In some pre-industrial societies, semen and other body fluids were revered because they were believed to be magical. Blood is an example of such a fluid, but semen was also widely believed to be of supernatural origin and effect and was, as a result, considered holy or sacred. The ancient Sumerians believed that semen was "a divine substance, endowed on humanity by Enki", the god of water. The semen of a god was believed to have magical generative powers.[40]:49 In Sumerian mythology, when Enki's seed was planted in the ground, it caused the spontaneous growth of eight previously-nonexistent plants. Enki was believed to have created the Tigris and Euphrates rivers by masturbating and ejaculating into their empty riverbeds. The Sumerians believed that rain was the semen of the sky-god An, which fell from the heavens to inseminate his consort, the earth-goddess Ki, causing her to give birth to all the plants of the earth.

Dew was once thought to be a sort of rain that fertilized the earth and, in time, became a metaphor for semen. The Bible employs the term "dew" in this sense in such verses as Song of Solomon 5:2 and Psalm 110:3, declaring, in the latter verse, for example, that the people should follow only a king who was virile enough to be full of the "dew" of youth.

The orchid's twin bulbs were thought to resemble the testicles, which is the etymology of the disease orchiditis. There was an ancient Roman belief that the flower sprang from the spilt semen of copulating satyrs. In a number of mythologies around the world, semen is often considered analogous to breast milk. In the traditions of Bali, it is considered to be the returning or refunding of the milk of the mother in an alimentary metaphor. The wife feeds her husband who returns to her his semen, the milk of human kindness, as it were.

Semen in espionage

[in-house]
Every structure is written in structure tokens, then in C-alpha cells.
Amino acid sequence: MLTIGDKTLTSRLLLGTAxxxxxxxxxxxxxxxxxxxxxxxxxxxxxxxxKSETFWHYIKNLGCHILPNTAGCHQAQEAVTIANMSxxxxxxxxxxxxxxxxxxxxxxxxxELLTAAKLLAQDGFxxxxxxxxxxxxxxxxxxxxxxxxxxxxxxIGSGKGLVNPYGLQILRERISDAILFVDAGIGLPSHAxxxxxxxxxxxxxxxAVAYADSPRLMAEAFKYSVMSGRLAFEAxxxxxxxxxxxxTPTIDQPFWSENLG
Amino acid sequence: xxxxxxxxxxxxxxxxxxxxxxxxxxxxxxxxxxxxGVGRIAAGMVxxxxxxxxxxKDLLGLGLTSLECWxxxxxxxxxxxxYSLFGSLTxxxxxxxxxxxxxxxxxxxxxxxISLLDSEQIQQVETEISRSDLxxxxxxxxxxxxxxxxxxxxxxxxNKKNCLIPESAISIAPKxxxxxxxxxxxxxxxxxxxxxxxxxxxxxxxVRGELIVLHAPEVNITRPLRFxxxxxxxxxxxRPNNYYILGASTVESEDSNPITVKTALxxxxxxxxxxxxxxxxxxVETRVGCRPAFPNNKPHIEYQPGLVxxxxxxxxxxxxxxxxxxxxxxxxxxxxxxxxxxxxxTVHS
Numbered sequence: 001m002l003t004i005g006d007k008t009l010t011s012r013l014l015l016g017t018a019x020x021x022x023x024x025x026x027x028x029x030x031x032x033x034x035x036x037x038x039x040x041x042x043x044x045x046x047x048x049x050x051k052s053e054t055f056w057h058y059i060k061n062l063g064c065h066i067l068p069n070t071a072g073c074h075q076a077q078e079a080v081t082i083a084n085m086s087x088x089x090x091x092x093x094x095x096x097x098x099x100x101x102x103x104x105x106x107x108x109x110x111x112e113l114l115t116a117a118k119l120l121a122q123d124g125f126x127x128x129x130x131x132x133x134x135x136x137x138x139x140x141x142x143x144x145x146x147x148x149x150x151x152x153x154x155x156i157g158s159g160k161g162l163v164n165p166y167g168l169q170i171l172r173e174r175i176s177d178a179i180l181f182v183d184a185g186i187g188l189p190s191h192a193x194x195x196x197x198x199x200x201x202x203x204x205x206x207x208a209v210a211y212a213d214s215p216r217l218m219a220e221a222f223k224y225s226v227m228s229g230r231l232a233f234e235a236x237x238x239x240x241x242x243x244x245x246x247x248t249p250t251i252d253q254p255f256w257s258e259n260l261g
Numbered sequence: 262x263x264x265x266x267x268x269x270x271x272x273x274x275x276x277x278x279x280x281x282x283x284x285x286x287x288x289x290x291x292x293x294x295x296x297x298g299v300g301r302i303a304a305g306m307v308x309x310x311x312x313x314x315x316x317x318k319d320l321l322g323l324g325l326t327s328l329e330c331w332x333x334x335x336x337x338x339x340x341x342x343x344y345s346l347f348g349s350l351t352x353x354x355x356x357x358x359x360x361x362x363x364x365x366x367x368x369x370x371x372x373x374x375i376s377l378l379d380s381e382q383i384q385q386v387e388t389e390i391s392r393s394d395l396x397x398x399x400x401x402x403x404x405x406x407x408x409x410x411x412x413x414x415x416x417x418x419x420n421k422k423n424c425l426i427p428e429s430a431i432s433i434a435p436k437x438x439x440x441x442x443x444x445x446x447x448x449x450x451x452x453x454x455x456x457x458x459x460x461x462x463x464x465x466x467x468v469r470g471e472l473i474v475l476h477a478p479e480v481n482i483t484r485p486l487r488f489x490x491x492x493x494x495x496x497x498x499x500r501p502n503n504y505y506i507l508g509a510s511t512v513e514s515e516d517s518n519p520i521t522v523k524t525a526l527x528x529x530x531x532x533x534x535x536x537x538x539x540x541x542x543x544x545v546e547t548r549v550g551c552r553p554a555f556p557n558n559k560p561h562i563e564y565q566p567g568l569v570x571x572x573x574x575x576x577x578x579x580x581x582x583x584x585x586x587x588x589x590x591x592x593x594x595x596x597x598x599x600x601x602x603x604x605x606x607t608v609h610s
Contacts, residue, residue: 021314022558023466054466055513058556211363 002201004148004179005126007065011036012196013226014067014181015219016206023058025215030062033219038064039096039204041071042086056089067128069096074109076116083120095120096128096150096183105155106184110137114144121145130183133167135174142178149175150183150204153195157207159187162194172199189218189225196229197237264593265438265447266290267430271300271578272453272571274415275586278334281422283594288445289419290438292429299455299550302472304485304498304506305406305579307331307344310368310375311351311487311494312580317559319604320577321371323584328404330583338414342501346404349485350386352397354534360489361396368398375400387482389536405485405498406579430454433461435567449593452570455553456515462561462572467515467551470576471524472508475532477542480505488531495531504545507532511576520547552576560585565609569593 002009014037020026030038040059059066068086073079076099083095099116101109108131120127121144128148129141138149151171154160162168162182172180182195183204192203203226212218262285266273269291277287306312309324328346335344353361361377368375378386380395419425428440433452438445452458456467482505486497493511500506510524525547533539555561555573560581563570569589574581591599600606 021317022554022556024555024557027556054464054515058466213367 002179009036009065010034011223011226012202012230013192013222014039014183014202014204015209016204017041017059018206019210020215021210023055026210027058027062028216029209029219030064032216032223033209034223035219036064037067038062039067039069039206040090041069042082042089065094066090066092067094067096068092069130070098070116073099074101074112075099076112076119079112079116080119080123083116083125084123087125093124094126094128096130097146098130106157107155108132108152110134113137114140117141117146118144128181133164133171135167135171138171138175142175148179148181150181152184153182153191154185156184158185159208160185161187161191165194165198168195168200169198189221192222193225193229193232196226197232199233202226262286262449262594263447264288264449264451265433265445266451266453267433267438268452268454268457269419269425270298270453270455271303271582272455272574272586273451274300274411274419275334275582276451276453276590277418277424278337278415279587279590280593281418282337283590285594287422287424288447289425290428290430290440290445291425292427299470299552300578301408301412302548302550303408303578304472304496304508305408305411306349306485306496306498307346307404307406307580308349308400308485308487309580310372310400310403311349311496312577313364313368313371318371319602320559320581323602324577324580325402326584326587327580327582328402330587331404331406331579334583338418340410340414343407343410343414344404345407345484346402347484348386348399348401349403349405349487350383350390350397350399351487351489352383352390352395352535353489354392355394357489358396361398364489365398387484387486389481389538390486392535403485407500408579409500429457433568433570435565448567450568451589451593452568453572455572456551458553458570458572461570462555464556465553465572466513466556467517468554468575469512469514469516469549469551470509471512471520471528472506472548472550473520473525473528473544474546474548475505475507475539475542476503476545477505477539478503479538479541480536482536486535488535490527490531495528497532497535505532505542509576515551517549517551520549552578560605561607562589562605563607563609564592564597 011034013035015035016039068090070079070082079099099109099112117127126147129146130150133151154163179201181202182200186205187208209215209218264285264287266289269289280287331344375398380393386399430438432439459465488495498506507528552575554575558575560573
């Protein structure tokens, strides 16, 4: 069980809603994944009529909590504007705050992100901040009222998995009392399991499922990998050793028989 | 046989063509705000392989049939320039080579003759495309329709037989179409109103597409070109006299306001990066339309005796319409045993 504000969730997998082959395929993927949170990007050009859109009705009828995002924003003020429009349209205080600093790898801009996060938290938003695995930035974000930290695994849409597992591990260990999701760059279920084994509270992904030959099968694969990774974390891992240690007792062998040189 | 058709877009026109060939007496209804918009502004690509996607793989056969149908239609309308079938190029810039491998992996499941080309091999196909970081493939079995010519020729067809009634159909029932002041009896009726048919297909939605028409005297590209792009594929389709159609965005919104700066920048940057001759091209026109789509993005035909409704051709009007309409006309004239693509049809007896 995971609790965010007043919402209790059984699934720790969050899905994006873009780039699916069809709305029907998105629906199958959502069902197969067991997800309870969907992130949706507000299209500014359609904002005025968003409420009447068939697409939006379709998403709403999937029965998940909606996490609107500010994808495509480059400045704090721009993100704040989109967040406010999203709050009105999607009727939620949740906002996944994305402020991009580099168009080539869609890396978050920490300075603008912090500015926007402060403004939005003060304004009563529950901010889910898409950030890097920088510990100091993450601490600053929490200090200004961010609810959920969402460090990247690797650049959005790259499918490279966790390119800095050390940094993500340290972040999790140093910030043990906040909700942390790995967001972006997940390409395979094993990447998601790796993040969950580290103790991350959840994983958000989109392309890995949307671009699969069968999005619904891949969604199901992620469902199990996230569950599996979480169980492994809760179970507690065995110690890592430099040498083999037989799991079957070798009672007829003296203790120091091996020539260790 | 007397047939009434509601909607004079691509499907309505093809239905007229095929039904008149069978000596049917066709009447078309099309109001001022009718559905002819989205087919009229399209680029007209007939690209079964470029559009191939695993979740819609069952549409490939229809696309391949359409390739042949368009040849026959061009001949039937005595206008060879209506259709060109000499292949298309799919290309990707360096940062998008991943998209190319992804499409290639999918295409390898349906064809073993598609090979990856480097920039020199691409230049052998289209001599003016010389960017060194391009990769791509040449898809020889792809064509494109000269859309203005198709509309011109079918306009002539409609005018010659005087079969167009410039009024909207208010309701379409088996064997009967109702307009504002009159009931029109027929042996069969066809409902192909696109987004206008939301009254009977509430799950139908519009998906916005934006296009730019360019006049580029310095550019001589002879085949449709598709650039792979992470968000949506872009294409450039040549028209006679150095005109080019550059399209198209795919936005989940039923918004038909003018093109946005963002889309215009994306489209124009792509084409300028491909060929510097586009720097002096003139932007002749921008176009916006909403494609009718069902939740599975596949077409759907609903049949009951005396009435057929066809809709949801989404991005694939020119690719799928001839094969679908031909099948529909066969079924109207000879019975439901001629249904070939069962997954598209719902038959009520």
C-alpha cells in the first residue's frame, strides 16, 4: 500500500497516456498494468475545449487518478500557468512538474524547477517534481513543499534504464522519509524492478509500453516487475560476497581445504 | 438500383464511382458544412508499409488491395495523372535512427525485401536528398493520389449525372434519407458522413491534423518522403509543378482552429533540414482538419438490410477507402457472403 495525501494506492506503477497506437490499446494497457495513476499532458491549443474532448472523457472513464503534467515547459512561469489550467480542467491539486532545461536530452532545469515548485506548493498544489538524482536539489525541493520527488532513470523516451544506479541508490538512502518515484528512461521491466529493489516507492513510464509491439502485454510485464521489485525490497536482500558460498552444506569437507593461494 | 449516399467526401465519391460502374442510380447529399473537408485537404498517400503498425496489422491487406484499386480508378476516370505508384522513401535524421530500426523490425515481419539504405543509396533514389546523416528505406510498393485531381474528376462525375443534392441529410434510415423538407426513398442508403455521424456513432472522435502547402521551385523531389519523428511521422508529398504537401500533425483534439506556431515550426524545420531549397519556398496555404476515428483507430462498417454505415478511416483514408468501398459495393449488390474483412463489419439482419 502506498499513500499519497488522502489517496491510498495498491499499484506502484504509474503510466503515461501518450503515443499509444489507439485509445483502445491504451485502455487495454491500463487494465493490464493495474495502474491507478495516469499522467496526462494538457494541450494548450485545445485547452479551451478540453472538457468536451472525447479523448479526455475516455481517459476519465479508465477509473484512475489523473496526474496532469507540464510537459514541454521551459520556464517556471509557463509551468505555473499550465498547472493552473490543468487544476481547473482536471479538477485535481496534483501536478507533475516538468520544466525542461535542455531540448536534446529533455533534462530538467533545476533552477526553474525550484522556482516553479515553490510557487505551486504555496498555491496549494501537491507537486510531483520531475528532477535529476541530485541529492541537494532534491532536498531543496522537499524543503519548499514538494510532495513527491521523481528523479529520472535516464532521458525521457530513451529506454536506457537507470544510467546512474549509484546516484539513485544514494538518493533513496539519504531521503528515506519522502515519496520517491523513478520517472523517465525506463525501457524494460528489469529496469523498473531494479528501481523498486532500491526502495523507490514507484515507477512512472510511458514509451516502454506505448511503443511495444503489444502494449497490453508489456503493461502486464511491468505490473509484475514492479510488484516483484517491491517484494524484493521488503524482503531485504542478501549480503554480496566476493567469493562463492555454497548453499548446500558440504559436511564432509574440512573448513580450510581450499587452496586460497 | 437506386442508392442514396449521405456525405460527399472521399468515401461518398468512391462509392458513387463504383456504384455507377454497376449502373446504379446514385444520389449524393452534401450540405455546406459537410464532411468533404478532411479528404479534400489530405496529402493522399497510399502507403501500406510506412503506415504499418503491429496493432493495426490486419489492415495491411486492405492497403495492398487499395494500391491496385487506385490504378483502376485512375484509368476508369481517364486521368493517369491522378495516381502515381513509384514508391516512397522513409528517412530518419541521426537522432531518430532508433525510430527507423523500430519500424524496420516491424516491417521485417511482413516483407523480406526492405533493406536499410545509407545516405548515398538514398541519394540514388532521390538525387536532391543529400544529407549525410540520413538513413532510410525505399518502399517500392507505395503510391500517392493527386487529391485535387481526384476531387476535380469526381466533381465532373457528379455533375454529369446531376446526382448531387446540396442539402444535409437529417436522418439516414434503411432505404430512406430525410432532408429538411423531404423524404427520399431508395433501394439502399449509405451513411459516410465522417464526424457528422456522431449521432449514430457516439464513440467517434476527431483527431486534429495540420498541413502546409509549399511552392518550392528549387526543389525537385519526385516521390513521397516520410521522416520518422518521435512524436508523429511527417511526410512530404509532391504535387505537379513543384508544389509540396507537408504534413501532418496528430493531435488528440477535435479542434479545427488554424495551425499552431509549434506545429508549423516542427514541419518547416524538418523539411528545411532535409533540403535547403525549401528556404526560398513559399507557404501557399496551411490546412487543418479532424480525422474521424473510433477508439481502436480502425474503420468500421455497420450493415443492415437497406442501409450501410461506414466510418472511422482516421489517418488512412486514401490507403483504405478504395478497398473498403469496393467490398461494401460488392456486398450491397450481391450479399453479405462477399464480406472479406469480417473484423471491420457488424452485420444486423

When the British Secret Intelligence Service discovered that semen made a good invisible ink, Sir George Mansfield Smith-Cumming noted of his agents that "Every man (is) his own stylo".

Ingestion

Spiritual practices

The Borborites, also known as the Phibionites, were an early Christian Gnostic sect during the late fourth century AD whose alleged practices involving sacred semen are described by the early Christian heretic-hunter Epiphanius of Salamis in his Panarion. Epiphanius claims that the Borborites had a sacred text called the Greater Questions of Mary, which contained an episode in which, during a post-resurrection appearance, Jesus took Mary Magdalene to the top of a mountain, where he pulled a woman out of his side and engaged in sexual intercourse with her.. Then, upon ejaculating, Jesus drank his own semen and told Mary, "Thus we must do, that we may live." Upon hearing this, Mary instantly fainted, to which Jesus responded by helping her up and telling her, "O thou of little faith, wherefore didst thou doubt?" This story was supposedly the basis for the Borborite Eucharist ritual, in which they allegedly engaged in orgies and drank semen and menstrual blood as the "body and blood of Christ" respectively. Bart D. Ehrman, a scholar of early Christianity, casts doubt on the accuracy of Epiphanius's summary, commenting that "the details of Epiphanius's description sound very much like what you can find in the ancient rumour mill about secret societies in the ancient world".

In some cultures, semen is considered to have special properties associated with masculinity. Several tribes of Papua New Guinea, including the Sambia and the Etoro, believe that semen promotes sexual maturation among the younger men of their tribe. To them, semen possesses the manly nature of the tribal elders, and in order to pass down their authority and powers, younger men of their next generation must fellate their elders and ingest their semen. Prepubescent and postpubescent males are required to engage in this practice. This act may also be associated with the culturally active homosexuality throughout these and other tribes.

Semen ingestion has had central importance in some cultures around the world. In Baruya culture, there is a secret ritual in which boys give fellatio to young males and drink their semen, to "re-engender themselves before marriage".

Sexual practices

There are several sexual practices involving the ingestion of semen. The most common of them is simply ingesting it during fellatio. They can be done with one or more partners, like snowballing, felching and creampie eating, or with multiple partners, like the practices of bukkake and gokkun, which originate from Japan.